Whether or not to make a payment during this time will depend on your initial repayment strategy:

  • Those who stick to a standard repayment schedule (usually 10 years) might consider making payments. You probably won’t have a lot of unpaid interest, and additional payments can help reduce your principal during the break. To maintain your flexibility, we suggest that you open a savings account and cash out those monthly payments, then make a lump sum payment on your loan at the highest interest rate at the start of the repayment.

  • Borrowers enrolled in, or planning to do, an income-based repayment shouldn’t bother making payments now if the ultimate plan is to pay until the loans are canceled – typically 20 or 25 years. If you want to pay off your loans sooner, paying now could help reduce the total interest you owe on top of your principal.

  • Borrowers requesting a utility loan forgiveness do not need to make payments until at least September 30, 2021. The months of automatic forbearance will count towards the 120 payments required for the remission.

Contact your loan manager with any questions regarding the continuation or resumption of payments during the forbearance period.

If your income has changed

If you see a change in income and still want to keep paying, the best way to reduce your payment to something more affordable is to request an income-based refund. You will receive a new payment based on your family size and a percentage of discretionary income, and it will be in effect even after the relief expires. You can apply online at studentaid.gov.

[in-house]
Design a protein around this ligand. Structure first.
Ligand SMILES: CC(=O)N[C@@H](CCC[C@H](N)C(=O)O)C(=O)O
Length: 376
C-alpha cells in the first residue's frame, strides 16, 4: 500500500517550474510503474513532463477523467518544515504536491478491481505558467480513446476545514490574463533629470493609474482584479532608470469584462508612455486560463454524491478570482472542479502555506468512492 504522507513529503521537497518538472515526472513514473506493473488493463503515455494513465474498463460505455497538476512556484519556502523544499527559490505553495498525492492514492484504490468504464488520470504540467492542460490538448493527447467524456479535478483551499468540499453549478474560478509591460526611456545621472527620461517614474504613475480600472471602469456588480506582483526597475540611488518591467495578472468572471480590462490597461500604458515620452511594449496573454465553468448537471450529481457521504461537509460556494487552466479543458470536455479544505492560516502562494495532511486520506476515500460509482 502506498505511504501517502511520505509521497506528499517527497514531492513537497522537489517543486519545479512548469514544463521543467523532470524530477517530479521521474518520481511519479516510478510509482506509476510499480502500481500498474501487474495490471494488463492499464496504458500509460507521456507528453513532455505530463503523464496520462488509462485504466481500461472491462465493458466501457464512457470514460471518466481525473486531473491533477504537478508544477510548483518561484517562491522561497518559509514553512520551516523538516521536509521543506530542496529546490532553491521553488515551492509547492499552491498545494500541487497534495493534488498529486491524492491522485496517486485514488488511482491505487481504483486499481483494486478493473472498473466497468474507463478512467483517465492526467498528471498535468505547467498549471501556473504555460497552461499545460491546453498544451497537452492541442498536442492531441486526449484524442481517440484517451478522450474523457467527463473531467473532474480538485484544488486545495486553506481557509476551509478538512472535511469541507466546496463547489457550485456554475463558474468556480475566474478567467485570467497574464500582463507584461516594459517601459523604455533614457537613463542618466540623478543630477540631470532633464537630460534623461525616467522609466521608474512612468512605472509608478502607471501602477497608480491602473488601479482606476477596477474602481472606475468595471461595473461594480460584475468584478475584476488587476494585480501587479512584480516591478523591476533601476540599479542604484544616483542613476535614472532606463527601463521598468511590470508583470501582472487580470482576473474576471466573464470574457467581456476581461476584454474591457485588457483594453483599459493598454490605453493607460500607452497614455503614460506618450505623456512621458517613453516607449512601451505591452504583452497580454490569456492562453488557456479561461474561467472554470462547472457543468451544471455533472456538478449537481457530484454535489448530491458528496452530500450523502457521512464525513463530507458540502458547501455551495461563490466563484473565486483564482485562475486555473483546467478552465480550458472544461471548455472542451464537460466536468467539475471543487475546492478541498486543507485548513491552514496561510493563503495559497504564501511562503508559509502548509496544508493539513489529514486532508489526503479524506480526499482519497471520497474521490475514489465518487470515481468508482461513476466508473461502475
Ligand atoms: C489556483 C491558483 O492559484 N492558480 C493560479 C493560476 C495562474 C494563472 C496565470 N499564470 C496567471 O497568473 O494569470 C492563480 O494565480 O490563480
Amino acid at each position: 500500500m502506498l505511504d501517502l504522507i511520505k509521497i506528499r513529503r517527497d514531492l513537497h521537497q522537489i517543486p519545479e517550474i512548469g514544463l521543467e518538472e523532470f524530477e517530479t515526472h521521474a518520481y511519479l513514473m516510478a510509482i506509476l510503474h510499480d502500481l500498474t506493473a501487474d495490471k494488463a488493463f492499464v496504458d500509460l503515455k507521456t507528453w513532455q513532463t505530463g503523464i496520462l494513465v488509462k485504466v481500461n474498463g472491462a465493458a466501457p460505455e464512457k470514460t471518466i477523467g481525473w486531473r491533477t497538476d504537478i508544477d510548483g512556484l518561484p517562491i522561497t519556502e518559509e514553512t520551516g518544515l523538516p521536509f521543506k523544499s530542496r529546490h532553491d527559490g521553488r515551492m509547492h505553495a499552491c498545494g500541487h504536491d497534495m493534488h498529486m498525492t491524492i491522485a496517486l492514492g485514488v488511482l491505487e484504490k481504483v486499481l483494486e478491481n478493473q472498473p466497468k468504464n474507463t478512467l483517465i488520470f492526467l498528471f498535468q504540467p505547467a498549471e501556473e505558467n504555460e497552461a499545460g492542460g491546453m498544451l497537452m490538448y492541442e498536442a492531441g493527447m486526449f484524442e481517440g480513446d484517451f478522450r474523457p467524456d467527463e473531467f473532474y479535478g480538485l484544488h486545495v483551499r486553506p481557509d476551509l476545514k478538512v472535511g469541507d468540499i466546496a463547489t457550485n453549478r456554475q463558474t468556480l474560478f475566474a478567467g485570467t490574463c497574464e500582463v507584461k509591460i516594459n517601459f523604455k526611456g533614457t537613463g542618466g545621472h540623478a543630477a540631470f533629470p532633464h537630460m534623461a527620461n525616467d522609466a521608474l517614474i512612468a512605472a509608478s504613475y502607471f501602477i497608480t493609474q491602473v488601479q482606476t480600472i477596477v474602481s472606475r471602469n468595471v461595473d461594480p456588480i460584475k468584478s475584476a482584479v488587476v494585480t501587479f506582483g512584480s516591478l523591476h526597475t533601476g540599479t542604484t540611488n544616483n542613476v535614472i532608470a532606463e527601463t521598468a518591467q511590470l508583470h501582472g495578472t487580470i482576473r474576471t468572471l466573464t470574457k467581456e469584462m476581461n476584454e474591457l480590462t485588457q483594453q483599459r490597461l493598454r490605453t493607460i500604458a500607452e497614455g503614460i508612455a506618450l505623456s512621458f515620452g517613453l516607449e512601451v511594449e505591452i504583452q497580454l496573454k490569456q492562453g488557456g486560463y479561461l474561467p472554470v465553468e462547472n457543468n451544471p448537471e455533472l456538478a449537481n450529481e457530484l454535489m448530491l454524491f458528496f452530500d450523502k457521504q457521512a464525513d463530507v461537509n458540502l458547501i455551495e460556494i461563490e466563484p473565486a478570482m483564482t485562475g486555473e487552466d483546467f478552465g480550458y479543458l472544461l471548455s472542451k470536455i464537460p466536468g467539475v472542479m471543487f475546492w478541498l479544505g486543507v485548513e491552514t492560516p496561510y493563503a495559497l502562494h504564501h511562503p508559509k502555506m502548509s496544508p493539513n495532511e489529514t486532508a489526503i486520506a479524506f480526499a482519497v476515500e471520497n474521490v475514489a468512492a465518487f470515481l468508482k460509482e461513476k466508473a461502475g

If you are already enrolled in an income-oriented plan, be sure to update your income if it has changed due to the economic downturn.

If you have FFEL loans

If you have Federal Family Education Loans (FFELs), you are eligible to receive interest-free forbearance only if the government owns the loans. Most FFEL borrowers will not be – most of the loans in the now defunct program are commercially held.

You can find out who owns your loans by logging into studentaid.gov using your FSA ID.

The only way to get forbearance for FFEL commercially held loans is to consolidate your debt into a new direct loan. But there are downsides to consolidation:

  • Your repayment term will be extended.

  • Your interest rate will increase slightly.

  • Any unpaid interest will be capitalized and added to the total amount you owe.

Temporary interest-free payments may not be worth these additional costs over the long term.

Additionally, if you are already making payments on a income-based repayment plan (IBR), these previous payments will no longer be taken into account for the discount. You will have to start all over again.

Consolidation may make sense if you have FFEL loans and want to qualify for the civil service loan remission. Otherwise, stick to your current loans.

If you have experienced a change in income, you can enroll in the IBR or recertify yourself earlier, if you have already subscribed to this plan. IBR will always take your spouse’s income into account. Your loans are also eligible postponement of unemployment, which can make sense if you’ve lost your job but expect to start working again soon.

How to work with your repairman

If you want to restart payments during automatic forbearance, contact your student loan manager – the private company handles the payment of your federal loans. But you don’t have to do anything to get the forbearance or the 0% interest rate.

To find out which loan service is yours, log into studentaid.gov with your FSA ID.

You can get in touch with any loan service contact center by calling 1-800-4-FED-AID.

For more information, visit studentaid.gov/coronavirus for details to come.

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Mark Lewis